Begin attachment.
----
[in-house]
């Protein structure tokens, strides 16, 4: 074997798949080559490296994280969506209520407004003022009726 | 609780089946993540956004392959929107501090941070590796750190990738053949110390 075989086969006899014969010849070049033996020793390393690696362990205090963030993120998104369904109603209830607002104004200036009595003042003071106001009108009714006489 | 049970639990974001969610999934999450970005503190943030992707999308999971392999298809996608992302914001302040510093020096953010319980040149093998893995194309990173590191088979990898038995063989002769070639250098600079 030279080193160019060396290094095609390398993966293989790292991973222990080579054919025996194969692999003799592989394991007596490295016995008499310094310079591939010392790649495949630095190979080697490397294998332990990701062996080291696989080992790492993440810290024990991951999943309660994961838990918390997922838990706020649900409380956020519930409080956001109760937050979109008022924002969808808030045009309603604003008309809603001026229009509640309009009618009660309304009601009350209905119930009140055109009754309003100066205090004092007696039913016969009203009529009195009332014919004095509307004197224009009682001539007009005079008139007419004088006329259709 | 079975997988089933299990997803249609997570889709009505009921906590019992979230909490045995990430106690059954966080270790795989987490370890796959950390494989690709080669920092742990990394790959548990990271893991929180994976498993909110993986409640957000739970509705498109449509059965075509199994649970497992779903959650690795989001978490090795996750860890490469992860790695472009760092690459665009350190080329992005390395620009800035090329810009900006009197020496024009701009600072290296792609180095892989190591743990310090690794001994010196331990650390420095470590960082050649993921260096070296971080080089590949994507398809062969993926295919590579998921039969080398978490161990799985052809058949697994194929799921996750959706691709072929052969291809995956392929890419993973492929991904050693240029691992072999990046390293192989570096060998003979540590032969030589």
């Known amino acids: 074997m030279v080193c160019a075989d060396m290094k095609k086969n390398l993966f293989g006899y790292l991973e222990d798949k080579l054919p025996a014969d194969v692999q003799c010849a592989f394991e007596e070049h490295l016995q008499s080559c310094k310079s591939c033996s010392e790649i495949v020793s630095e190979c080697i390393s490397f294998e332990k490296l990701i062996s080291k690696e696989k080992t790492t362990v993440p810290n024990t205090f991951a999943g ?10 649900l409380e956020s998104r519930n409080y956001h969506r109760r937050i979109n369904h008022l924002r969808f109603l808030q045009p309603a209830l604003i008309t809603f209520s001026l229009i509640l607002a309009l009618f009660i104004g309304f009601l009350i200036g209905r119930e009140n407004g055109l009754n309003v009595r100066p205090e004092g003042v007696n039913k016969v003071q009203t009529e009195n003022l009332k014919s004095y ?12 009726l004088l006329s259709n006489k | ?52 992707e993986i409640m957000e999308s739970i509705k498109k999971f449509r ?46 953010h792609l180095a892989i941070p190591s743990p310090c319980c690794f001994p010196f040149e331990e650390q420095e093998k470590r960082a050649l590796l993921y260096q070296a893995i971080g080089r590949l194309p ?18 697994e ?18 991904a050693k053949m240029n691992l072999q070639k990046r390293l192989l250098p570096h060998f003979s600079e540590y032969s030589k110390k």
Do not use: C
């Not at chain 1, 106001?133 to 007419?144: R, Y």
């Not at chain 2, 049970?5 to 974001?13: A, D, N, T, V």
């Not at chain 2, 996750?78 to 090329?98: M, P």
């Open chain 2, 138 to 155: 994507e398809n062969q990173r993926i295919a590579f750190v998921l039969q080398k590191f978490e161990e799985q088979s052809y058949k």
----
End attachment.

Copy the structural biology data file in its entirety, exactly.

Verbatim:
[in-house]
């Protein structure tokens, strides 16, 4: 074997798949080559490296994280969506209520407004003022009726 | 609780089946993540956004392959929107501090941070590796750190990738053949110390 075989086969006899014969010849070049033996020793390393690696362990205090963030993120998104369904109603209830607002104004200036009595003042003071106001009108009714006489 | 049970639990974001969610999934999450970005503190943030992707999308999971392999298809996608992302914001302040510093020096953010319980040149093998893995194309990173590191088979990898038995063989002769070639250098600079 030279080193160019060396290094095609390398993966293989790292991973222990080579054919025996194969692999003799592989394991007596490295016995008499310094310079591939010392790649495949630095190979080697490397294998332990990701062996080291696989080992790492993440810290024990991951999943309660994961838990918390997922838990706020649900409380956020519930409080956001109760937050979109008022924002969808808030045009309603604003008309809603001026229009509640309009009618009660309304009601009350209905119930009140055109009754309003100066205090004092007696039913016969009203009529009195009332014919004095509307004197224009009682001539007009005079008139007419004088006329259709 | 079975997988089933299990997803249609997570889709009505009921906590019992979230909490045995990430106690059954966080270790795989987490370890796959950390494989690709080669920092742990990394790959548990990271893991929180994976498993909110993986409640957000739970509705498109449509059965075509199994649970497992779903959650690795989001978490090795996750860890490469992860790695472009760092690459665009350190080329992005390395620009800035090329810009900006009197020496024009701009600072290296792609180095892989190591743990310090690794001994010196331990650390420095470590960082050649993921260096070296971080080089590949994507398809062969993926295919590579998921039969080398978490161990799985052809058949697994194929799921996750959706691709072929052969291809995956392929890419993973492929991904050693240029691992072999990046390293192989570096060998003979540590032969030589």
């Known amino acids: 074997m030279v080193c160019a075989d060396m290094k095609k086969n390398l993966f293989g006899y790292l991973e222990d798949k080579l054919p025996a014969d194969v692999q003799c010849a592989f394991e007596e070049h490295l016995q008499s080559c310094k310079s591939c033996s010392e790649i495949v020793s630095e190979c080697i390393s490397f294998e332990k490296l990701i062996s080291k690696e696989k080992t790492t362990v993440p810290n024990t205090f991951a999943g ?10 649900l409380e956020s998104r519930n409080y956001h969506r109760r937050i979109n369904h008022l924002r969808f109603l808030q045009p309603a209830l604003i008309t809603f209520s001026l229009i509640l607002a309009l009618f009660i104004g309304f009601l009350i200036g209905r119930e009140n407004g055109l009754n309003v009595r100066p205090e004092g003042v007696n039913k016969v003071q009203t009529e009195n003022l009332k014919s004095y ?12 009726l004088l006329s259709n006489k | ?52 992707e993986i409640m957000e999308s739970i509705k498109k999971f449509r ?46 953010h792609l180095a892989i941070p190591s743990p310090c319980c690794f001994p010196f040149e331990e650390q420095e093998k470590r960082a050649l590796l993921y260096q070296a893995i971080g080089r590949l194309p ?18 697994e ?18 991904a050693k053949m240029n691992l072999q070639k990046r390293l192989l250098p570096h060998f003979s600079e540590y032969s030589k110390k």
Do not use: C
């Not at chain 1, 106001?133 to 007419?144: R, Y």
């Not at chain 2, 049970?5 to 974001?13: A, D, N, T, V």
């Not at chain 2, 996750?78 to 090329?98: M, P």
């Open chain 2, 138 to 155: 994507e398809n062969q990173r993926i295919a590579f750190v998921l039969q080398k590191f978490e161990e799985q088979s052809y058949k």